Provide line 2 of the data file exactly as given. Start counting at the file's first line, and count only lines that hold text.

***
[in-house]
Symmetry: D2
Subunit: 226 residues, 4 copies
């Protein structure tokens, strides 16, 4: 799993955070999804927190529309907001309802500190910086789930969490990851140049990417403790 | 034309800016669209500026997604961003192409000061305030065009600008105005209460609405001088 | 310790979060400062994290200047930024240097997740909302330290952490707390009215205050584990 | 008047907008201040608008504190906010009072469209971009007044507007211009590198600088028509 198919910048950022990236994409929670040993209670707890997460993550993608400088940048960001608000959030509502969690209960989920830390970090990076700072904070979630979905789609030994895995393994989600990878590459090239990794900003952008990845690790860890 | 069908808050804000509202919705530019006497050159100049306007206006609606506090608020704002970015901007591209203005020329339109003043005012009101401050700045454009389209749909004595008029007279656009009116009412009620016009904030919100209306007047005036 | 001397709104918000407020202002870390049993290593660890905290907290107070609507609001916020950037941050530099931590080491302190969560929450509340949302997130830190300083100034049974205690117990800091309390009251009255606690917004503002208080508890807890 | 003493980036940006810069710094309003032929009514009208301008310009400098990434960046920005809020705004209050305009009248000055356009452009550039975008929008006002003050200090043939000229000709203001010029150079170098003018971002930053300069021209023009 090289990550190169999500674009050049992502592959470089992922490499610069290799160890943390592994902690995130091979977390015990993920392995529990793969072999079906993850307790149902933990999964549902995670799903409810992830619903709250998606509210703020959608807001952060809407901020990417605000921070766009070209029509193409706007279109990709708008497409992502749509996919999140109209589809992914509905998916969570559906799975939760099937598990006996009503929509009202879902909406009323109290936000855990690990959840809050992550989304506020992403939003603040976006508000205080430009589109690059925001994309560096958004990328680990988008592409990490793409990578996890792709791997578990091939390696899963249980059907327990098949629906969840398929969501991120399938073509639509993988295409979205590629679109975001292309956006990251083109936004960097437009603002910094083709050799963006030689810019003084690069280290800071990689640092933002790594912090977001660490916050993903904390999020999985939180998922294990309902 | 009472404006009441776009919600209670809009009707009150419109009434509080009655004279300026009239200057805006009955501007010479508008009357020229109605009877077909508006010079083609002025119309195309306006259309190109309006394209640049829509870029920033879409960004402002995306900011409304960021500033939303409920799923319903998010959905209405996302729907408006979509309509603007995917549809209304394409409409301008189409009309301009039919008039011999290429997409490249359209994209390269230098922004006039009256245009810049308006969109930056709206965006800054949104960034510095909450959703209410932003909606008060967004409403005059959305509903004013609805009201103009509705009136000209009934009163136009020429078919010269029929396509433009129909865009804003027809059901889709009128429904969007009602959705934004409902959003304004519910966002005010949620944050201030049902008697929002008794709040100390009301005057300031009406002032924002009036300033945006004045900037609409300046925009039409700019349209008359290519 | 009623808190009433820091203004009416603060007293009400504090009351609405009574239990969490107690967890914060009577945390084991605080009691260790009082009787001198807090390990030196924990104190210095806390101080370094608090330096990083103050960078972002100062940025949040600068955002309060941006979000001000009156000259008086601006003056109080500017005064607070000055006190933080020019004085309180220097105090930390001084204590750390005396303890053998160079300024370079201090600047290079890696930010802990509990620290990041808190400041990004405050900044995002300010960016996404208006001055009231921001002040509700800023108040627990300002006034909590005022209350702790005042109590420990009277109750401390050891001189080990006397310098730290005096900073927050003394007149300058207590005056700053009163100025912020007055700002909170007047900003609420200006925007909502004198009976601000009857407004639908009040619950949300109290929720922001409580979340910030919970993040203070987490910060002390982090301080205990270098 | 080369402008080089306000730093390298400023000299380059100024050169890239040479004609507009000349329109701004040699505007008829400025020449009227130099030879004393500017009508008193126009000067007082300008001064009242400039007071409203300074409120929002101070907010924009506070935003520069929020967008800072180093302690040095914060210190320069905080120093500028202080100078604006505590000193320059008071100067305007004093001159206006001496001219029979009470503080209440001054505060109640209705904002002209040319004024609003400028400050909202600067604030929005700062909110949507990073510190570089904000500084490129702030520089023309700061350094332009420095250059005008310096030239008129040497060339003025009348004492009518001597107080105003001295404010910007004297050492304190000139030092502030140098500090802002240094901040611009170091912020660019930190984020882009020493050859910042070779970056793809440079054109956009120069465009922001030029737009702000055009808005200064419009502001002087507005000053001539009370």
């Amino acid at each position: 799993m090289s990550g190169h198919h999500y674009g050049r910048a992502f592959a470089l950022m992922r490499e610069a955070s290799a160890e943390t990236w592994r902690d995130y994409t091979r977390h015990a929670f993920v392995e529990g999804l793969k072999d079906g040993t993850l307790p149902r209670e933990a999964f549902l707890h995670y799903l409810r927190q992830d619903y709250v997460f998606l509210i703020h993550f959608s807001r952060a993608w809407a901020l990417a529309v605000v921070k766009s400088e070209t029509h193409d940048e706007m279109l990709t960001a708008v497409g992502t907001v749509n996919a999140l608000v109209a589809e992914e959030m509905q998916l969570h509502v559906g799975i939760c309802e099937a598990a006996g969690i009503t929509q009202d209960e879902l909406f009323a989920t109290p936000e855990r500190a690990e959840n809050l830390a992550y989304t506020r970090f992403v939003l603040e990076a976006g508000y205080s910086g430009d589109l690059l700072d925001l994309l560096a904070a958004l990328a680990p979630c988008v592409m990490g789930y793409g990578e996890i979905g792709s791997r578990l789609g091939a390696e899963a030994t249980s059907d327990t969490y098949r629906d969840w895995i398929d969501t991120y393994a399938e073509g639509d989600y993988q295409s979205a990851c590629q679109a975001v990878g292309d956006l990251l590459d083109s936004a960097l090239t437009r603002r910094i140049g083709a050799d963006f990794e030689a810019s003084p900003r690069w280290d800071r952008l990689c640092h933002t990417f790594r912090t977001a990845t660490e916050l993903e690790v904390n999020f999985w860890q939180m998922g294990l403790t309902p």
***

Symmetry: D2